Generally the presentation is pretty impressive, with TV-style banners showing the distances between you and the cars in front and behind. Although, for some strange reason, you're rarely given this information when you cross the start/finish line, which is when you really want it the most.
Graphically, it's superior to both GP3 and EA's FI Championship: Season 2000, and while this is hardly a major achievement, F1RC is currently the best-looking F1 game around. It also runs on a pretty low-spec machine - we tried it on a Celeron 400, and while it hardly ran like a dream, it was more than playable.
True To Life
F1RCs claim to fame is that it's the first F1 game with 100 per cent accurately recreated circuits. Forget Crammond and his camera-wielding cronies; every track has been modelled using a GPS. So if you actually give a toss about this kind of thing, rest assured that as you bomb down the back straight at Hockenheim, it's exactly the right width and length, and bears an excellent resemblance to the real thing.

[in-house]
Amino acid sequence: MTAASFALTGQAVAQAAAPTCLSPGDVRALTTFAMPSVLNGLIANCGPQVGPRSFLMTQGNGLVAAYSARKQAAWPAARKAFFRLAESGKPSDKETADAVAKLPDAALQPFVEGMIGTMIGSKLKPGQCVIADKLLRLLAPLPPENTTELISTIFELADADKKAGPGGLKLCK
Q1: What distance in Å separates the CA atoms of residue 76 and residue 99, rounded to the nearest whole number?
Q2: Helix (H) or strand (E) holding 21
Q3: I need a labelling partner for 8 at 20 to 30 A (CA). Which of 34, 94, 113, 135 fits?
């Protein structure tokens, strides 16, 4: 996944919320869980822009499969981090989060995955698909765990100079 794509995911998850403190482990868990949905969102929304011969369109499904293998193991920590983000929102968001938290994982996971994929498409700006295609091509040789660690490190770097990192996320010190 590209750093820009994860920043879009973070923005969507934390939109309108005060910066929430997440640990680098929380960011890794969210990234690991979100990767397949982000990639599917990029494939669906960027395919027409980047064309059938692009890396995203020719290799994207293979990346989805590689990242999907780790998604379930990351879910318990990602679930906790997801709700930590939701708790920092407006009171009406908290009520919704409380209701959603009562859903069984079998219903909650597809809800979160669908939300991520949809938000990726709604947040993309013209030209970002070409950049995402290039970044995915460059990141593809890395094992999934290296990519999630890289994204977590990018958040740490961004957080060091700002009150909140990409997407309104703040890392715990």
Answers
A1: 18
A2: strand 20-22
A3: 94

It's also good to see that the AI can make just as many mistakes as you, with each driver being modelled on their performance from the 1999 season. More experienced drivers such as Michael Schumacher are less likely to make a mistake than newbies when you're pushing to overtake them. However, it's somewhat of a rarity that they'll use blocking manoeuvres, as each driver tends to just stick to the racing line.